Tag: Haunted

Myrtles Plantation in Louisiana

Myrtles Plantation in Louisiana

The Myrtles Haunted Plantation

A forty minute car drive north of Baton Rouge, Louisiana, in the small town of St Francisville, there is a beautiful antebellum plantation dating from 1796. General David Bradford, a man known for his role as a radical leader in the Whiskey Rebellion’s March on Pittsburgh, built the Myrtles in 1796.

The main house is Creole cottage style, with a 125-foot long veranda that extends the entire length of the façade, and wraps around the southern end of the house. An ornamental cast-iron railing, with an elaborate grape-cluster design complements the porch and adds tons of southern charm.

The Myrtles haunted Plantation cast iron railed verandah

The Myrtles has 22 rooms spread over two floors. The spacious entry hall runs the length of the house and features a French Baccarat crystal chandelier weighing more than 300 pounds. The flooring and most of the windows in the house are original.

The plantation landscape features a large pond with a small island accessible by a bridge. (How romantic!) The oldest structure on the grounds sits just to the rear of the main house. General Bradford lived in this location while he waited for the main house to be completed.  Nowadays it goes by the name The General’s Store, where you can purchase tickets for a guided tour and/or souvenirs from your visit.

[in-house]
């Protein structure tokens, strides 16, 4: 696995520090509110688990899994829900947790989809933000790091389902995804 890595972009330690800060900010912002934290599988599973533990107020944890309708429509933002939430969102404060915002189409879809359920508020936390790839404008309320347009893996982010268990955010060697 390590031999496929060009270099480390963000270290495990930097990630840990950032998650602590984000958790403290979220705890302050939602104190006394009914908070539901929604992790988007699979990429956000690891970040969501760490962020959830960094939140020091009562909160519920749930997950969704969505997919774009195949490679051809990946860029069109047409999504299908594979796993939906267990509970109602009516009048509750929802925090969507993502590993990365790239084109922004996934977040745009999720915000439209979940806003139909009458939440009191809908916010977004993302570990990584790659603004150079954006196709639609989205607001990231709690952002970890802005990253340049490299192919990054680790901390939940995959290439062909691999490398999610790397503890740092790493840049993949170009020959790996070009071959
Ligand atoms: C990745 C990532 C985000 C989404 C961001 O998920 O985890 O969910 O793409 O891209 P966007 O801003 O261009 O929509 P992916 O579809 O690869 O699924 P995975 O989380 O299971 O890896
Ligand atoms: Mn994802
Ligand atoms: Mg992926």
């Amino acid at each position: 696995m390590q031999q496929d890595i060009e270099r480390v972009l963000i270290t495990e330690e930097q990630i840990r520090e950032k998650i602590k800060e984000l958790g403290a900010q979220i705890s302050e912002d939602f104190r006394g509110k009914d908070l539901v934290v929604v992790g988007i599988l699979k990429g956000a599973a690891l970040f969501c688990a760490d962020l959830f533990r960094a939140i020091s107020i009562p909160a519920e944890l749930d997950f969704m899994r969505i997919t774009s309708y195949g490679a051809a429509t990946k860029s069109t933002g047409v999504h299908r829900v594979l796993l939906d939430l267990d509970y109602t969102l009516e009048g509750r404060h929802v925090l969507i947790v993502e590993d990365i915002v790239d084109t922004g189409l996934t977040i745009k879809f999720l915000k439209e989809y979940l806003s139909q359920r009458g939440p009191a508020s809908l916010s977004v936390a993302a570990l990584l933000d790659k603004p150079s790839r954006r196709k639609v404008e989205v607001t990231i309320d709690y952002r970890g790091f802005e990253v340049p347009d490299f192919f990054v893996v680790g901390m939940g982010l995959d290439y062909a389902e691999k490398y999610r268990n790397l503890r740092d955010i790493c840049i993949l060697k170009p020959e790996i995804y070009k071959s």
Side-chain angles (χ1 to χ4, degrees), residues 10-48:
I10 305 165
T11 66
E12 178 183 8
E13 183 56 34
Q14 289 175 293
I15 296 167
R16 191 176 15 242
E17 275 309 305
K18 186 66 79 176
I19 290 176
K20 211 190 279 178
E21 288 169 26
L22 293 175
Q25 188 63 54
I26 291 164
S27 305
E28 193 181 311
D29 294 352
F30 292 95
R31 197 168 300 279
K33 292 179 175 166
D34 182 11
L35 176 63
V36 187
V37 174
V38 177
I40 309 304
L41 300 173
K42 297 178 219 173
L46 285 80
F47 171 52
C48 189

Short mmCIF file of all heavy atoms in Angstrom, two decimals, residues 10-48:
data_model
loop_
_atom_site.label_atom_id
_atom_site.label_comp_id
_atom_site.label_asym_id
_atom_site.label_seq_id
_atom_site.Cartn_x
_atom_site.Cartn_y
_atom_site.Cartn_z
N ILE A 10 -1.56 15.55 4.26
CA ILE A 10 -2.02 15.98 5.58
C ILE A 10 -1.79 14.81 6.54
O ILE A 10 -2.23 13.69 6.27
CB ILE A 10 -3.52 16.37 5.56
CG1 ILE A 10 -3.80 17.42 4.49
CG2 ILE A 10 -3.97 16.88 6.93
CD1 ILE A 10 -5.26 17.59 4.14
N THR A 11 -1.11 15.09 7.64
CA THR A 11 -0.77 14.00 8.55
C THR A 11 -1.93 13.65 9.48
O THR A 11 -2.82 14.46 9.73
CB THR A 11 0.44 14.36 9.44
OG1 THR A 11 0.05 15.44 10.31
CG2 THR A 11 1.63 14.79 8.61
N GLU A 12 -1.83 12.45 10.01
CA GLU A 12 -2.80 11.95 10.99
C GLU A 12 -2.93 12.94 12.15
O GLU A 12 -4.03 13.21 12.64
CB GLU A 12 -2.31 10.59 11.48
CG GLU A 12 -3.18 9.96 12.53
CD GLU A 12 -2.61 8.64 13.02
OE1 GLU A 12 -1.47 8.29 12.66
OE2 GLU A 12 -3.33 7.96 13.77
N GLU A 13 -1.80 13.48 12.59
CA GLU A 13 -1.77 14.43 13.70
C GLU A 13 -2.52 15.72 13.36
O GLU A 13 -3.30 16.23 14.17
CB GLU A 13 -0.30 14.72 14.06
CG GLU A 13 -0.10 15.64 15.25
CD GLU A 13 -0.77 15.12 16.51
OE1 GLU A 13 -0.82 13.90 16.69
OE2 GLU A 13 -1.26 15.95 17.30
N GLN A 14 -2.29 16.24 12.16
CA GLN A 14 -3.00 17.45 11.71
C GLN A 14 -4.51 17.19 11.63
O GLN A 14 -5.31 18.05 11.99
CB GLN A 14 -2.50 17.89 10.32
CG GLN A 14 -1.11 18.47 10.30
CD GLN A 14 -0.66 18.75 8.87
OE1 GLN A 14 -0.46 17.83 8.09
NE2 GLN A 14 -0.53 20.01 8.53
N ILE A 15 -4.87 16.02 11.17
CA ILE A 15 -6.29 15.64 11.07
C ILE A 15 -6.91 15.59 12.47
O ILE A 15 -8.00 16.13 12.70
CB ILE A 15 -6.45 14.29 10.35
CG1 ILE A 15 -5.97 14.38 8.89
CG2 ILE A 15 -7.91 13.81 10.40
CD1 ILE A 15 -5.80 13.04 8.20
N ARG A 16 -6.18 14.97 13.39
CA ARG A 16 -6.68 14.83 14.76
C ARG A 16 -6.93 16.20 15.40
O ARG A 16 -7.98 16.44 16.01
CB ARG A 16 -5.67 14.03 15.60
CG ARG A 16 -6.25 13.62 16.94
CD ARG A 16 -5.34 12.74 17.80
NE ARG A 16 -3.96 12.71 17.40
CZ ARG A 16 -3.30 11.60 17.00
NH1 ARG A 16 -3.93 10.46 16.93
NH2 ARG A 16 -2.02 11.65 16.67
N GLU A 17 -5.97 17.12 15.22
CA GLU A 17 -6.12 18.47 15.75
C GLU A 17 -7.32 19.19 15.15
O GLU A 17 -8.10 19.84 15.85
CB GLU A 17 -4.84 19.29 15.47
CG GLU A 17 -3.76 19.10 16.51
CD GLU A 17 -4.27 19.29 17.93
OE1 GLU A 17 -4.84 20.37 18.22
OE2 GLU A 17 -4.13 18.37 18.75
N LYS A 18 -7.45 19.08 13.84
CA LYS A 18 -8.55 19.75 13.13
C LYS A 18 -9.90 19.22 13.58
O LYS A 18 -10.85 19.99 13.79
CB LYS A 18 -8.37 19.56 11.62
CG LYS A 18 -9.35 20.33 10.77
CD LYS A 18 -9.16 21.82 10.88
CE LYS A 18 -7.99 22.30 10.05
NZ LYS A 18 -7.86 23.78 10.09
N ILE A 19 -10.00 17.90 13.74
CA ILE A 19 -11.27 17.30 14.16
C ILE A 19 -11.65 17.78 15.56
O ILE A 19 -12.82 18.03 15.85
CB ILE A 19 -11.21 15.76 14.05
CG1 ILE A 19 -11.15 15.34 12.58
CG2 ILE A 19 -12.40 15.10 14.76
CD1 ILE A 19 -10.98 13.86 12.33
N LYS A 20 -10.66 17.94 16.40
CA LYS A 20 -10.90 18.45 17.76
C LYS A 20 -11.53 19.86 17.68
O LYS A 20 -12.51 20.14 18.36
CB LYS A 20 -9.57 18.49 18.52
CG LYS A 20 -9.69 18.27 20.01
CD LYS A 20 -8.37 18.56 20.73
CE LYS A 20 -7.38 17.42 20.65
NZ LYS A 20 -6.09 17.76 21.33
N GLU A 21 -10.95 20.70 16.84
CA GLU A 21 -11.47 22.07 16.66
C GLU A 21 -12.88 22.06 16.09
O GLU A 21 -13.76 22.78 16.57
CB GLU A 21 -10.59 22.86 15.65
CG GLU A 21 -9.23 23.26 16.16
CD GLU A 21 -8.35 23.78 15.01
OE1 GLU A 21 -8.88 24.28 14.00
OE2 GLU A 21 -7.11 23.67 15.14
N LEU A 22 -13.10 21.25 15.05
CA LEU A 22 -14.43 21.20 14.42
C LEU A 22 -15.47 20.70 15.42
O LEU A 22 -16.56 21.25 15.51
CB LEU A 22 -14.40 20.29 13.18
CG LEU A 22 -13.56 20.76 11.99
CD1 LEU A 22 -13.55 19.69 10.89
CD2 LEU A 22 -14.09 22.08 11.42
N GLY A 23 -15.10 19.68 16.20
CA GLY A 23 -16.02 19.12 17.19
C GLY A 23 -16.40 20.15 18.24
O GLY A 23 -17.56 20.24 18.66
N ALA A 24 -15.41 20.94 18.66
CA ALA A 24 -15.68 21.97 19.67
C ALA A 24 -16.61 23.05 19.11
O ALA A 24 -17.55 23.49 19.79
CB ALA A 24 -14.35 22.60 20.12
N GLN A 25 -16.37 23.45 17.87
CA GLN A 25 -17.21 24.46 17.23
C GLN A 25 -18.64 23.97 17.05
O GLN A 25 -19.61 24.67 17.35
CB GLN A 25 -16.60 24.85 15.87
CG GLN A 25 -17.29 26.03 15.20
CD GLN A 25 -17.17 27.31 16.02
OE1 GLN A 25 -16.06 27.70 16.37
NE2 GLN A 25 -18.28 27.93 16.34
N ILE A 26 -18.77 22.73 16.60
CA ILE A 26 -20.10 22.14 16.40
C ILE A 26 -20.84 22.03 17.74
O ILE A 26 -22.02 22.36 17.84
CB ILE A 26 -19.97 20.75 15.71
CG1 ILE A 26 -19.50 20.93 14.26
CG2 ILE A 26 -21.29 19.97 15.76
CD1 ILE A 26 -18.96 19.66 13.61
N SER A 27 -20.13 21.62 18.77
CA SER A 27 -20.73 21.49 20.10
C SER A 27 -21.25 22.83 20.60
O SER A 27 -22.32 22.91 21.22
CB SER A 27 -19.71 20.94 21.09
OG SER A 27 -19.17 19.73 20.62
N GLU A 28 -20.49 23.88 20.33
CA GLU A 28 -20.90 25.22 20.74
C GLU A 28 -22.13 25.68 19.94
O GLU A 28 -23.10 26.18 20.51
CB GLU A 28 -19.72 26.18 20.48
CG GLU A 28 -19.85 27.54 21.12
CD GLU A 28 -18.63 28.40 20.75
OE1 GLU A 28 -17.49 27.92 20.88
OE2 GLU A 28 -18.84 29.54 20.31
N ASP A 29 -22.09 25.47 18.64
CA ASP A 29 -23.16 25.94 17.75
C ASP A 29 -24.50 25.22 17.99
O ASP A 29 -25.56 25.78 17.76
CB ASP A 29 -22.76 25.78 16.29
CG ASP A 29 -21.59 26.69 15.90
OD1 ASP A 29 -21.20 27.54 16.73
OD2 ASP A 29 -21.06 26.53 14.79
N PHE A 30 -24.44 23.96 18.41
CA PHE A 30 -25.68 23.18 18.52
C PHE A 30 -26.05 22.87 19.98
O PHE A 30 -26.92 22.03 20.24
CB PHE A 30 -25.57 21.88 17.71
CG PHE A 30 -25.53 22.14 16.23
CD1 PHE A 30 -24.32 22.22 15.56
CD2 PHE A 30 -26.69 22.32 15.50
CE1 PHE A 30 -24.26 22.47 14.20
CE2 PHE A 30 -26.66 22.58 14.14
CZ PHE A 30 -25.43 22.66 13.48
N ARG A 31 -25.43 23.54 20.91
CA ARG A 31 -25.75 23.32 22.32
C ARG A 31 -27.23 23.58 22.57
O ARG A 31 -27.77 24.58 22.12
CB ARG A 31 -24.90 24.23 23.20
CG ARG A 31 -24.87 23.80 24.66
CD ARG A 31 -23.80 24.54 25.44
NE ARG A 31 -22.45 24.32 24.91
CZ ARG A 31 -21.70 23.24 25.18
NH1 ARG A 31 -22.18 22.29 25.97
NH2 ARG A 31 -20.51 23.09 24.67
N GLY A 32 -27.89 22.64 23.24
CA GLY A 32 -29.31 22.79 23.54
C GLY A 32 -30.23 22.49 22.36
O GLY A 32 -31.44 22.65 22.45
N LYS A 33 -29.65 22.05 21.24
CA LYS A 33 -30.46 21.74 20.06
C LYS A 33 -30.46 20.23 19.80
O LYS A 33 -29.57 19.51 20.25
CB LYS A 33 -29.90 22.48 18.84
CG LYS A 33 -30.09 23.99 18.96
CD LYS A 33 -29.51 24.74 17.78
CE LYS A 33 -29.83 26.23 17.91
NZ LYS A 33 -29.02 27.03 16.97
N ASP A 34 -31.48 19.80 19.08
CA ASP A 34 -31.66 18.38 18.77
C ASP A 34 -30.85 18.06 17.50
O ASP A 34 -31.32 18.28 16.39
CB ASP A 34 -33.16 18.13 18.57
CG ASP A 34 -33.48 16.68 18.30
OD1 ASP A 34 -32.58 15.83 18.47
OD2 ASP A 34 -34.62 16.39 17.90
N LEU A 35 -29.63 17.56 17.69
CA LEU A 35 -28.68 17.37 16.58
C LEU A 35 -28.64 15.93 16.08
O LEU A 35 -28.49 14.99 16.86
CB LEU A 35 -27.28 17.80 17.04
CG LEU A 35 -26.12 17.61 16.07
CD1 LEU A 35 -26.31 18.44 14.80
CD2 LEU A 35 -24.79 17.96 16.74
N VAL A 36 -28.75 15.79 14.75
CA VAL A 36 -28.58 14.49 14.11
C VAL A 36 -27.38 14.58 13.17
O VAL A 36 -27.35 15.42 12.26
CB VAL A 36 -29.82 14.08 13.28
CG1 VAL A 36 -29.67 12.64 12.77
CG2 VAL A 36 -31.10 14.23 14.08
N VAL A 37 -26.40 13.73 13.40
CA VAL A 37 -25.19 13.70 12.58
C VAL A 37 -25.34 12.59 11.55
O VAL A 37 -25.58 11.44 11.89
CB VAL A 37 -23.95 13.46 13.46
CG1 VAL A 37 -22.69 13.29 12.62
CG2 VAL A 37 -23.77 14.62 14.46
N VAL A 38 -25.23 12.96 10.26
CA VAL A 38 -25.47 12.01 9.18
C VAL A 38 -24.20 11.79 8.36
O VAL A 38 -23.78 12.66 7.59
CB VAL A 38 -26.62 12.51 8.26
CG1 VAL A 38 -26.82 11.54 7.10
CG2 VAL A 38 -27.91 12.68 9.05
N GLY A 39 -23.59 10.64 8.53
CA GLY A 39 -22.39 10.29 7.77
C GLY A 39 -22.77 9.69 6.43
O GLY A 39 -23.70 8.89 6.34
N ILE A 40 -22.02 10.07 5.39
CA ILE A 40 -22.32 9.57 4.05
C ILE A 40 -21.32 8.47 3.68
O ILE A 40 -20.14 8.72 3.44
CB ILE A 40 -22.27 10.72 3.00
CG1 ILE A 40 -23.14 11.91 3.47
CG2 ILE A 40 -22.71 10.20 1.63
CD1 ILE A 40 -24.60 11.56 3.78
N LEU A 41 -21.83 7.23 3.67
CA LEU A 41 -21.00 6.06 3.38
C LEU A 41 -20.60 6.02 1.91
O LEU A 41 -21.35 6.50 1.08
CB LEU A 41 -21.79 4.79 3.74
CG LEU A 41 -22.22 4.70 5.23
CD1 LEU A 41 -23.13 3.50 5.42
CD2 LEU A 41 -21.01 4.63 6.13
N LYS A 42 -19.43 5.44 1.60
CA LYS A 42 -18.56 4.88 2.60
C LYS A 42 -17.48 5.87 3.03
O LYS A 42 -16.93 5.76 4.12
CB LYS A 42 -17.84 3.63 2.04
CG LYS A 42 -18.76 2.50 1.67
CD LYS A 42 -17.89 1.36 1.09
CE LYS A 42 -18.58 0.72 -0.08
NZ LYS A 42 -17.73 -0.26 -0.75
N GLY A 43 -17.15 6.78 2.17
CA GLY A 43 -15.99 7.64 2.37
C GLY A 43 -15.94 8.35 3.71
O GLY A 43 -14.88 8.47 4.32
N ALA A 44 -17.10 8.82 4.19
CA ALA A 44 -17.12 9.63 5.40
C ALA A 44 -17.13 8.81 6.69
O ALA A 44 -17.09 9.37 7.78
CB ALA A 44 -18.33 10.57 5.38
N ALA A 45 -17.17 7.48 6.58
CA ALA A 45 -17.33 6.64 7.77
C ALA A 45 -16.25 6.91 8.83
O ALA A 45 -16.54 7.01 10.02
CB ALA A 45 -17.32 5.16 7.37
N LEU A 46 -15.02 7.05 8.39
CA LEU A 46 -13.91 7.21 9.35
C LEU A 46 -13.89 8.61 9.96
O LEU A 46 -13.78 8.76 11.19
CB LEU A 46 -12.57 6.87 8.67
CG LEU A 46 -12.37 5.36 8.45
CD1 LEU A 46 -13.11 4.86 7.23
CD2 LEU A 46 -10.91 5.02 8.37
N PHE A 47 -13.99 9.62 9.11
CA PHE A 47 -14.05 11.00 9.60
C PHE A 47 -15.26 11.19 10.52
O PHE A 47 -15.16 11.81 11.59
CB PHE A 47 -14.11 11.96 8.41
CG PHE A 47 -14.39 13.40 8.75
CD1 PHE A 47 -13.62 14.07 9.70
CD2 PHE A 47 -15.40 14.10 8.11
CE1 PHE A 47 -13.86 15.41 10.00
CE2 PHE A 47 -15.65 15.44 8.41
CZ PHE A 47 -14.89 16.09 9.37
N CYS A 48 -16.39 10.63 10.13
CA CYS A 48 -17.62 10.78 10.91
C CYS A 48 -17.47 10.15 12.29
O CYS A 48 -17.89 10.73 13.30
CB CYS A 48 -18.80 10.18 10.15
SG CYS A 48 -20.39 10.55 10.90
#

But it’s not the original owner of the property or its stunning architecture that put Myrtles Plantation on the map as a place to visit.  It’s Chloe.

The Ghost of a Slave Girl

Chloe was a slave on the property and one version of the story goes that she was also the mistress of the plantation owner. Chloe was caught eavesdropping on her master and, as punishment, her ear was cut off. Shortly afterward, Chloe baked a birthday cake containing extract of oleander leaves, which are extremely poisonous. She hoped to make the family ill and then nurse them back to health, thereby regaining their favor.  However, her plan backfired. Only Sara and her two daughters ate the cake, and all died from the poison. When it was discovered how the family members had been poisoned, Chloe was then hanged.

A photograph taken in 1992 appears to show the figure of a slave girl in between two of the buildings on the property.

ghost of chloe at myrtles haunted plantation
Do you see the ghost of Chloe?

The figure is the right size and proportion to be human, yet it appears to be transparent – you can see the lines of the exterior siding running right through what would be her torso.

Also, guests at the Inn often report that one of their earrings disappears.  Perhaps because one is all that Chloe needs?

But Chloe’s not alone. A mirror located in the house supposedly holds the spirits of Sara Woodruff and two of her children. According to custom at the time, people covered all of the mirrors in a house after someone passed away. Legend says that after the Woodruffs died, staff overlooked this particular mirror. Legend has it that the spirits of Sara and her children were trapped in the uncovered mirror.  Ghostly figures are occasionally seen in the mirror, while at other times there appear to be handprints on it.

The Seventeenth Step

William Drew Winter was an attorney who lived in the plantation from 1865 until 1871. A stranger shot him.  Trying to reach help, he staggered inside the house and attempted to climb the stairs. He died on the 17th step. Today, visitors and employees in the hotel say that they can hear his dying footsteps.

You can visit the plantation to learn more about the ghosts (or maybe even spot one yourself!), or you can stay there.  Rooms range from $148 for a Garden Room to $290 for a suite.  If you are traveling with more than one person, you can rent a cottage ($295; sleeps 4) or the caretaker’s house ($400; sleeps 6).

The Myrtles Plantation is located at 7747 U.S. Highway 61, St. Francisville, Louisiana 70775.  Telephone 1-800-809-0565.